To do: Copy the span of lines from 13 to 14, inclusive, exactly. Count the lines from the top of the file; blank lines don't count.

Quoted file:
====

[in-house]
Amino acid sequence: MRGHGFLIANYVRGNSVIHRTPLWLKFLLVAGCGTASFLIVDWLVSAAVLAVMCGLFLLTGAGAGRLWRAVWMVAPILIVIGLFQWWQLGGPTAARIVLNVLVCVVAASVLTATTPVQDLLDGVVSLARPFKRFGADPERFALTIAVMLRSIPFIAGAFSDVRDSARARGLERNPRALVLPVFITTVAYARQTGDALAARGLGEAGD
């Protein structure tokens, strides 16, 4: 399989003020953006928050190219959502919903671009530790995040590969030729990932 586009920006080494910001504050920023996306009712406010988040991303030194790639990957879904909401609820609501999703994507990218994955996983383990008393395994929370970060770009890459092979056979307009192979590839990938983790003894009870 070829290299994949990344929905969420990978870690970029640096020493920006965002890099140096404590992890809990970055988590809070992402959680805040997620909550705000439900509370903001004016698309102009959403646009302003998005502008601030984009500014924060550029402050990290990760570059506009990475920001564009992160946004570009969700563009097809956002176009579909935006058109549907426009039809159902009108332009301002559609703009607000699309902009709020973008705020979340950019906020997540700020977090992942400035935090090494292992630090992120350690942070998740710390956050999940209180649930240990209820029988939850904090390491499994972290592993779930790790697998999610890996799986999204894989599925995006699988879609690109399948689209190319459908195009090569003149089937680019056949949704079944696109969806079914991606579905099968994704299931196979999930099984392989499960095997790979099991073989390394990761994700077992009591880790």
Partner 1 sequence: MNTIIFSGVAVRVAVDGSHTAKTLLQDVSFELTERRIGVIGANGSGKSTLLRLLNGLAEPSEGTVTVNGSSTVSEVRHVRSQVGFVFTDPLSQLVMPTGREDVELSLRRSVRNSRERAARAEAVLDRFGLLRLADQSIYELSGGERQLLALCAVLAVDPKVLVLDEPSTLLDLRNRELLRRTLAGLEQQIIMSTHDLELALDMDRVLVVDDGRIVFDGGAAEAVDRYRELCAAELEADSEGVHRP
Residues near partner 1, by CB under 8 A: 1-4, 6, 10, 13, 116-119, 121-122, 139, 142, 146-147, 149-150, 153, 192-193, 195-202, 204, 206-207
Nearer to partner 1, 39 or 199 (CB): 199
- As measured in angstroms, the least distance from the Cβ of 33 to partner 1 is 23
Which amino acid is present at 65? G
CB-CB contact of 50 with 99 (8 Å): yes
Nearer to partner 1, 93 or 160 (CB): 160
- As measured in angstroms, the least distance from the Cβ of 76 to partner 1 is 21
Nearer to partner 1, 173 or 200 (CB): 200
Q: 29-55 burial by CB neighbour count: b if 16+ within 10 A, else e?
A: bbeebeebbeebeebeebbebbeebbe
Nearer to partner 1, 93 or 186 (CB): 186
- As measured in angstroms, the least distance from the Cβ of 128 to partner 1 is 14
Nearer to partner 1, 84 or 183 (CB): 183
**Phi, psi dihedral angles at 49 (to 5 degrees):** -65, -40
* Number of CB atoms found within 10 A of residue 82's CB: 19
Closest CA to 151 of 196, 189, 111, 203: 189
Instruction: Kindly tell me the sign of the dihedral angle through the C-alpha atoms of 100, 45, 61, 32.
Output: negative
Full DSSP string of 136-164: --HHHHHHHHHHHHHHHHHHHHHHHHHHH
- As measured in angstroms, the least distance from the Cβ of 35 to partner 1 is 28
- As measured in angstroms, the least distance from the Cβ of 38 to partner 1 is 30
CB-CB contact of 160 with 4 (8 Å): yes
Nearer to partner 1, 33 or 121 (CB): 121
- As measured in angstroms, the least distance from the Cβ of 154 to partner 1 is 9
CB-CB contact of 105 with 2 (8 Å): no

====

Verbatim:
Q: 29-55 burial by CB neighbour count: b if 16+ within 10 A, else e?
A: bbeebeebbeebeebeebbebbeebbe